from MARIA MACHARIA in Nairobi, Kenya
NAIROBI – PUPILS from disadvantaged and remote areas are to gain equitable access to digital learning in Kenya.
This follows the piloting of the Accessible Digital Textbook by Nokia and United Nations Children’s’ Fund (UNICEF).
The launch of the partnership is to boost digital literacy in primary schools in the East African country.
Nokia and the Finnish National Committee for the UNICEF and UNICEF Kenya have launched the shared-value partnership during this year’s Nairobi Innovation Week.
It aims to increase equitable access to digital literacy for some of the most disadvantaged children in Kenya’s remotest parts.
This includes girls and children with disabilities in urban informal settlements and some of the most remote areas.
The partnership builds on the Government of Kenya’s investment in the Digital Literacy Project which provided 1 million tablets to primary schools with a focus on improving the availability and use of quality digital content.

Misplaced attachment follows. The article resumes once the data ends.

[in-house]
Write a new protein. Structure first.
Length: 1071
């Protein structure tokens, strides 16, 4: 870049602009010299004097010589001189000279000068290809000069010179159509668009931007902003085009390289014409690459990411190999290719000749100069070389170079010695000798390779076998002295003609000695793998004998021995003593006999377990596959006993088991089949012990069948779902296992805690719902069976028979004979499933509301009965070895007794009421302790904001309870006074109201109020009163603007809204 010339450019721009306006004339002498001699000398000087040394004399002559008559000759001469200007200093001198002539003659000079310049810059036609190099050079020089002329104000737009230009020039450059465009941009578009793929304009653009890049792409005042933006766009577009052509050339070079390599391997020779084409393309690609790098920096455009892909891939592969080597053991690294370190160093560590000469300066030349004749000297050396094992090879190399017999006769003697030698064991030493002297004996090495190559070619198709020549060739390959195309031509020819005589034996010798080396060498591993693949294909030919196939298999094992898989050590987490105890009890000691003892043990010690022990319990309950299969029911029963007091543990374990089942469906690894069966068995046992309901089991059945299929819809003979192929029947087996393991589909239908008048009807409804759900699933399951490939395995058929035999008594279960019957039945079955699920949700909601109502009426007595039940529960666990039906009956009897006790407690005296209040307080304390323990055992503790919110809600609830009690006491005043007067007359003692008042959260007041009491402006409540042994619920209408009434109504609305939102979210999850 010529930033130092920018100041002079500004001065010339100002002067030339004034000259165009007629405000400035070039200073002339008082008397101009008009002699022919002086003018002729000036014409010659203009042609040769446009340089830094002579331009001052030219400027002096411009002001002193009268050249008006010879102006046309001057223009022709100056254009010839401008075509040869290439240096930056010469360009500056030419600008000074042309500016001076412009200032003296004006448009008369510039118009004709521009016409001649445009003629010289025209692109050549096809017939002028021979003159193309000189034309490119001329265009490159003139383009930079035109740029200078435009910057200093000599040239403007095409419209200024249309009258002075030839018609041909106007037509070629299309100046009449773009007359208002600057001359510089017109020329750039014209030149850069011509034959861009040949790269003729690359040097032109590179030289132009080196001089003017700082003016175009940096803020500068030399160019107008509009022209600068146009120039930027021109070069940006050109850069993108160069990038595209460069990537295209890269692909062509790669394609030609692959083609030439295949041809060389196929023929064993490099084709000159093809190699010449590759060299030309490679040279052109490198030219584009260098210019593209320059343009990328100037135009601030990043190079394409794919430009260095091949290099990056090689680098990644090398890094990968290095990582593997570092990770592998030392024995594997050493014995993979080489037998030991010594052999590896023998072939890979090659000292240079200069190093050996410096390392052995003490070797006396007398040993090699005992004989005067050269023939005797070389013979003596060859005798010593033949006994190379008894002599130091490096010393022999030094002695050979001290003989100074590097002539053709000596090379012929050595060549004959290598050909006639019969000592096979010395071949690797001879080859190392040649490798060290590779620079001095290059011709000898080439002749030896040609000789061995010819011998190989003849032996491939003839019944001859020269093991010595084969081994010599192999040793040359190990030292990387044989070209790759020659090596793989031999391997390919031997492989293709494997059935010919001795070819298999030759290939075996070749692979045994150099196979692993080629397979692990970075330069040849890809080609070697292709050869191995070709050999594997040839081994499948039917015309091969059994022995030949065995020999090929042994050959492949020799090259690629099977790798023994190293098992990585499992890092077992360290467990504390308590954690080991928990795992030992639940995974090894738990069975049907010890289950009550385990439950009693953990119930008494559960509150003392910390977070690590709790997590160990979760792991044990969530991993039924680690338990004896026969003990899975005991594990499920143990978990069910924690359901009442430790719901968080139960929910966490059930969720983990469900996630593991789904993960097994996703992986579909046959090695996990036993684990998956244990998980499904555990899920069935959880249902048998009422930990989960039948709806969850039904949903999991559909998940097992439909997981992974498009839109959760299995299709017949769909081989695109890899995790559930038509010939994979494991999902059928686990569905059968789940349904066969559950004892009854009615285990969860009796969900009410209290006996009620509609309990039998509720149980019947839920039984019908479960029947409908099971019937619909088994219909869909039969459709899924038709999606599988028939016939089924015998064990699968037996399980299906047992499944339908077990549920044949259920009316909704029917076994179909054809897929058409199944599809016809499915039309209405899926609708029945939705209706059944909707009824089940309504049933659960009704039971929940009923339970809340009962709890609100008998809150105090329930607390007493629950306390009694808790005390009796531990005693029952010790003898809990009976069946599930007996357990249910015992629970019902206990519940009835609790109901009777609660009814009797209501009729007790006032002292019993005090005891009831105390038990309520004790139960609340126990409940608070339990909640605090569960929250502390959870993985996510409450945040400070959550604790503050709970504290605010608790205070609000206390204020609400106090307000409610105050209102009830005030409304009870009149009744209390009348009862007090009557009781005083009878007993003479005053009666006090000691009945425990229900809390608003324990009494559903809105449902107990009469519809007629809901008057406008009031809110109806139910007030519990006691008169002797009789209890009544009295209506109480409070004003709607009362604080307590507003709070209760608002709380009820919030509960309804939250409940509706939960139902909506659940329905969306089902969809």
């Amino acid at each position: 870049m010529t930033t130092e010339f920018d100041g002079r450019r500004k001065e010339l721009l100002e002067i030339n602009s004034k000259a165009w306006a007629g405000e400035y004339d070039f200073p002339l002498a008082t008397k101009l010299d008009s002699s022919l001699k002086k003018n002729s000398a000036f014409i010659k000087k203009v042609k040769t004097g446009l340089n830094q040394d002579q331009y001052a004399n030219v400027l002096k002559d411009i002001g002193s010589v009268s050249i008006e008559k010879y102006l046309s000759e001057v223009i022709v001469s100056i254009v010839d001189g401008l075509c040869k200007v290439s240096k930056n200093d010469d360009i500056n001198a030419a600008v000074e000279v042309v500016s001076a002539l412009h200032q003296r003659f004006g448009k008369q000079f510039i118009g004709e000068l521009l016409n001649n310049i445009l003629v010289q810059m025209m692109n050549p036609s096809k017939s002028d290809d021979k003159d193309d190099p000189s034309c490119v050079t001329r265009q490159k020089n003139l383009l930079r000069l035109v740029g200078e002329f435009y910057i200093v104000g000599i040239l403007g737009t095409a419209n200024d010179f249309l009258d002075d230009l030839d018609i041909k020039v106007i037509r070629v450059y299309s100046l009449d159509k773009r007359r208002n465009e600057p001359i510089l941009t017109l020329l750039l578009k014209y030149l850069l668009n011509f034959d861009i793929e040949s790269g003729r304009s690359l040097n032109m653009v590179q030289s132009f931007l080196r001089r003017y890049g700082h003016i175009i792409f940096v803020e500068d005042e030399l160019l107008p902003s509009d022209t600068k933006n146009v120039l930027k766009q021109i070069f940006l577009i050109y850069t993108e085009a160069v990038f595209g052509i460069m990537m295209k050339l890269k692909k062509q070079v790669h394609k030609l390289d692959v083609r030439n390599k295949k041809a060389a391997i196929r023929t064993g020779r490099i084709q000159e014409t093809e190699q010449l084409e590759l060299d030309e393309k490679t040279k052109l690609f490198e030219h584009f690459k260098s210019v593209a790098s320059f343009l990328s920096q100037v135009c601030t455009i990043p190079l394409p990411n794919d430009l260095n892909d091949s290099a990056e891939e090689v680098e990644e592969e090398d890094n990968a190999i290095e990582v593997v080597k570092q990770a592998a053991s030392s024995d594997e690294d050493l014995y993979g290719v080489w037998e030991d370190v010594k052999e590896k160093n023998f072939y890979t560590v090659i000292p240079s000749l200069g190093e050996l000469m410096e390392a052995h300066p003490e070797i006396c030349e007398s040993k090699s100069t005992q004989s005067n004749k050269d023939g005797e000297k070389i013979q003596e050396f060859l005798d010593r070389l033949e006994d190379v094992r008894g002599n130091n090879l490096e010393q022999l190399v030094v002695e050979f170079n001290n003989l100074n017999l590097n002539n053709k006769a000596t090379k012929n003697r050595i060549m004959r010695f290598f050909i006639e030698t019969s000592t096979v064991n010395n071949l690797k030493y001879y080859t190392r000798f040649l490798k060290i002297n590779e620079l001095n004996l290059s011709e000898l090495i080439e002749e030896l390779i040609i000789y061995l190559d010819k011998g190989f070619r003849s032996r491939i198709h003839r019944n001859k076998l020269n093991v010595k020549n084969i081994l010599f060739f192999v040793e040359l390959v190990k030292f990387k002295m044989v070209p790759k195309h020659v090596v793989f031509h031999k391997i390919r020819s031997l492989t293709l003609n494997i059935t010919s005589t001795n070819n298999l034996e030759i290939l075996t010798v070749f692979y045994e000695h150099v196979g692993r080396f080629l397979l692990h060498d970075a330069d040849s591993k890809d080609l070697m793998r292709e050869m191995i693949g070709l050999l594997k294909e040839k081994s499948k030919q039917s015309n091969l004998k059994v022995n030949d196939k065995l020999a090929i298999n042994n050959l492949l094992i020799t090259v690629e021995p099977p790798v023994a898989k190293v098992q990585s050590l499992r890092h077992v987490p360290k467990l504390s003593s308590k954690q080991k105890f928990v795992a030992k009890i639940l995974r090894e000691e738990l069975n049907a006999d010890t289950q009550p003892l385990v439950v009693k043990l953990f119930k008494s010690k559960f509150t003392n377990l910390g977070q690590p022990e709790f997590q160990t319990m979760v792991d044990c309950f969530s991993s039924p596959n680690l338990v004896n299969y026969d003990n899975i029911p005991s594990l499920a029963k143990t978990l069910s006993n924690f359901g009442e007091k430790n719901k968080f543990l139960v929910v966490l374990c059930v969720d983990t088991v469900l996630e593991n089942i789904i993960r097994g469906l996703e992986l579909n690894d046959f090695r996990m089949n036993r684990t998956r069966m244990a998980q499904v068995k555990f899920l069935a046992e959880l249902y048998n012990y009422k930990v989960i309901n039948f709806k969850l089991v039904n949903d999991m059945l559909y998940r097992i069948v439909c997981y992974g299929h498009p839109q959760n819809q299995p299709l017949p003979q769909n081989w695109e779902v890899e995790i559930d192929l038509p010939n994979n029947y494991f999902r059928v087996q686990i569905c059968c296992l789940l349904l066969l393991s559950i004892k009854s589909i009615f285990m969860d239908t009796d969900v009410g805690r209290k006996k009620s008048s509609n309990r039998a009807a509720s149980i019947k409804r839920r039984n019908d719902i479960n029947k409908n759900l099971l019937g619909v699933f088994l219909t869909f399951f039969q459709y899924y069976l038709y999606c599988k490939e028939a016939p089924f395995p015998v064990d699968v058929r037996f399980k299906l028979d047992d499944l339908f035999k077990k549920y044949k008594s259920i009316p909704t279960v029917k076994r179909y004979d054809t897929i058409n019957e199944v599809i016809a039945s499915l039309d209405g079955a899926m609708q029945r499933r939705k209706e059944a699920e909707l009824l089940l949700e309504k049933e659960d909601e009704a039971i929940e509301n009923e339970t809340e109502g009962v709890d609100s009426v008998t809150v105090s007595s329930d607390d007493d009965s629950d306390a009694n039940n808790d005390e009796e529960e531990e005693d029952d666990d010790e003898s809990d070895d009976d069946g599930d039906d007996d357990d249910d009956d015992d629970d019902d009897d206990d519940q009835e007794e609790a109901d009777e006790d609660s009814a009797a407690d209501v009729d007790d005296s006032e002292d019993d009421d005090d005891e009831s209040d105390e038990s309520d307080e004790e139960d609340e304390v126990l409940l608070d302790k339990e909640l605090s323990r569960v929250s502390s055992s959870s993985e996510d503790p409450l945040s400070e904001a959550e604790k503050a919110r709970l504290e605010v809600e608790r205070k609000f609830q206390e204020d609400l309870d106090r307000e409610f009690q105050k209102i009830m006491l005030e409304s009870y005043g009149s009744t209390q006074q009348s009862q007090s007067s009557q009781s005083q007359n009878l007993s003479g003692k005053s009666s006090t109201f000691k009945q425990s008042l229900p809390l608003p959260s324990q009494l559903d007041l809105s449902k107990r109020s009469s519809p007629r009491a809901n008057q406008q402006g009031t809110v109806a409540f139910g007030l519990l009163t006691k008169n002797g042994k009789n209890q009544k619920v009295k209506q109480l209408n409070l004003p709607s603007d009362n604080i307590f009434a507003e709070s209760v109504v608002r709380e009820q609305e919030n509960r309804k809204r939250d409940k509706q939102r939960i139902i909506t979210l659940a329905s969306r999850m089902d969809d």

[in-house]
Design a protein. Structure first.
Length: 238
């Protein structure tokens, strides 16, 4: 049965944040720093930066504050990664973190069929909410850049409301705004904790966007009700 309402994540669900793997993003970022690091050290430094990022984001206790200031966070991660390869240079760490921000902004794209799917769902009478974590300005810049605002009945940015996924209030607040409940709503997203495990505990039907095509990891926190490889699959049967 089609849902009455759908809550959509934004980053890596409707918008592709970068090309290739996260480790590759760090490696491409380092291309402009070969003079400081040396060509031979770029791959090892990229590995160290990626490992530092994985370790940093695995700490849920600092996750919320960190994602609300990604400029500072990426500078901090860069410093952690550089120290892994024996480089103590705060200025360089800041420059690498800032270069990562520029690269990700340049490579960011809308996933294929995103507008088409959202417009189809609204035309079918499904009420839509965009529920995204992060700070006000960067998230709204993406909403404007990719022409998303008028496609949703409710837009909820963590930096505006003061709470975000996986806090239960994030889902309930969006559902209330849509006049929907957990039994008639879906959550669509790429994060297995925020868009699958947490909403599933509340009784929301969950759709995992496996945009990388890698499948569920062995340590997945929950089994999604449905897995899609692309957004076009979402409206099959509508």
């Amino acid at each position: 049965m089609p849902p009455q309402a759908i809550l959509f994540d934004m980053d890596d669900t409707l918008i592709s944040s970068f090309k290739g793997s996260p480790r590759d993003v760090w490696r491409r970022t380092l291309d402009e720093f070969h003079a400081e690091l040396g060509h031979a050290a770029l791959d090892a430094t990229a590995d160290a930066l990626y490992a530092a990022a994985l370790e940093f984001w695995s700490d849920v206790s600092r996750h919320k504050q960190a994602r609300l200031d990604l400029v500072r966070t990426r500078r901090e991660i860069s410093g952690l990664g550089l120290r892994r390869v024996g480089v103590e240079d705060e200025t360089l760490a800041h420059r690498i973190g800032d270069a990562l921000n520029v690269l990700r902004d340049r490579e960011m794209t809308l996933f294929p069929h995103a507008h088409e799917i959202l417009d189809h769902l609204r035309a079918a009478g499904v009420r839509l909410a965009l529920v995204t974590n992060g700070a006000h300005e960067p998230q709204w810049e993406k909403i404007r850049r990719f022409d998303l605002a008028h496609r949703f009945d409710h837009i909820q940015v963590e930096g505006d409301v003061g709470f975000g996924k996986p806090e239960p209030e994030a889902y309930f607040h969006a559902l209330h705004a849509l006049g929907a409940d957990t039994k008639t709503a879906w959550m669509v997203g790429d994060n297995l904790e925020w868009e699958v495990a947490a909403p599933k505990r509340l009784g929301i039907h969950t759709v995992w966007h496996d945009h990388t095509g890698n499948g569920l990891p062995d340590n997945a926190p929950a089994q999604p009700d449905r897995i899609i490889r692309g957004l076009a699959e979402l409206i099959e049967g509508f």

It brings together stakeholders from the Government of Kenya’s Ministries of Education and ICT, as well as the Kenya Institute of Curriculum Development (KICD), children, teachers, content providers and mobile network operators in Kenya, to address challenges and unlock opportunities for digital learning and literacy.
Dr Julius Jwan, CEO of KICD, said with technical and financial support provided by UNICEF and active participation of children with disabilities, KICD had successfully produced the first accessible digital textbook for children in Grade 1, contributing to equitable access to digital literacy.
Maniza Zaman, Representative of UNICEF in Kenya, said, “This is a major step in furthering inclusive education through innovative technology for children in Kenya and beyond.”
Joachim Wuilmet, Nokia’s head of Marketing and Communications, Middle East and Africa, said they excited to work with UNICEF and the Government to connect schools in remote areas to inspire tomorrow’s leaders in Kenya.
“We are committed to using our technologies to meet the goals of sustainable development worldwide,” Wuilmet said.
– CAJ News